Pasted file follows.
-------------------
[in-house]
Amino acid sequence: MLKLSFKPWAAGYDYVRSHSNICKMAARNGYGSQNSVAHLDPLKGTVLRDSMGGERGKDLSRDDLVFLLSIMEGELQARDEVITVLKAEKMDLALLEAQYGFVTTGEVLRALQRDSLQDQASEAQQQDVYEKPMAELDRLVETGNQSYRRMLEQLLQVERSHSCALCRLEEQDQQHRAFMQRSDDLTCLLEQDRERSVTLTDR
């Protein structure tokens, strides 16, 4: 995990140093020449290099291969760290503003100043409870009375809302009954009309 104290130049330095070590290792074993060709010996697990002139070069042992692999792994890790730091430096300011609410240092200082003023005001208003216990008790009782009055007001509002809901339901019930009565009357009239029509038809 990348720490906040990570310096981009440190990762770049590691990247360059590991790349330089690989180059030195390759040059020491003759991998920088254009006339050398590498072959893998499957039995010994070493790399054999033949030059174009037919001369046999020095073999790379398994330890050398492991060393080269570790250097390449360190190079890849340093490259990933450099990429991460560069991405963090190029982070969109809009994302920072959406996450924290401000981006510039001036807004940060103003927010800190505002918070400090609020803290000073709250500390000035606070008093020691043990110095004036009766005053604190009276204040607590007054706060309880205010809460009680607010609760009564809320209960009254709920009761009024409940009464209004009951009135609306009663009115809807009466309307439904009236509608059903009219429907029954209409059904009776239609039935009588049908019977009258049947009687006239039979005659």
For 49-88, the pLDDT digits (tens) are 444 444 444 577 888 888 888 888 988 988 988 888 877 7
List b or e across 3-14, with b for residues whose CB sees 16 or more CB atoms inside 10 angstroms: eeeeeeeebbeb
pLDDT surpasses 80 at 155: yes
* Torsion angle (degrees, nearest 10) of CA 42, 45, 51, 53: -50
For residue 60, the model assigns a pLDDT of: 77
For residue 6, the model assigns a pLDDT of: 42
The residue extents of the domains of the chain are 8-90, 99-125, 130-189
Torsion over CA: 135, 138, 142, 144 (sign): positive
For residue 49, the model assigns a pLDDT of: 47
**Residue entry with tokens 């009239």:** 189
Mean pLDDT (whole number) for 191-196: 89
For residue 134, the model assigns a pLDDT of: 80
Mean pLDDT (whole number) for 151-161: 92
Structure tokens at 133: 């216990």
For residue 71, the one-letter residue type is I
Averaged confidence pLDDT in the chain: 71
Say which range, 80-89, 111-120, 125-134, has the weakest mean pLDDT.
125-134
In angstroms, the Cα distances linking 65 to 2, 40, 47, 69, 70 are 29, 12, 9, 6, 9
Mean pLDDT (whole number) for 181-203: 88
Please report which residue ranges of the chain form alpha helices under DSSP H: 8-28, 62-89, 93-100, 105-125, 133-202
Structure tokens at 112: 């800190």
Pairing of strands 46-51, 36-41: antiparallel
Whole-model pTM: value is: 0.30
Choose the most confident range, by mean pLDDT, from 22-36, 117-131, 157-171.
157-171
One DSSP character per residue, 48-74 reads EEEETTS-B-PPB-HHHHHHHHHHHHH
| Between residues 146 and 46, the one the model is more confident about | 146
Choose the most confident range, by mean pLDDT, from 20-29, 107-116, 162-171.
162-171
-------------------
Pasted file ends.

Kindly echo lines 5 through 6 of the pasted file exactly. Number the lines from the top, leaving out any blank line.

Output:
List b or e across 3-14, with b for residues whose CB sees 16 or more CB atoms inside 10 angstroms: eeeeeeeebbeb
pLDDT surpasses 80 at 155: yes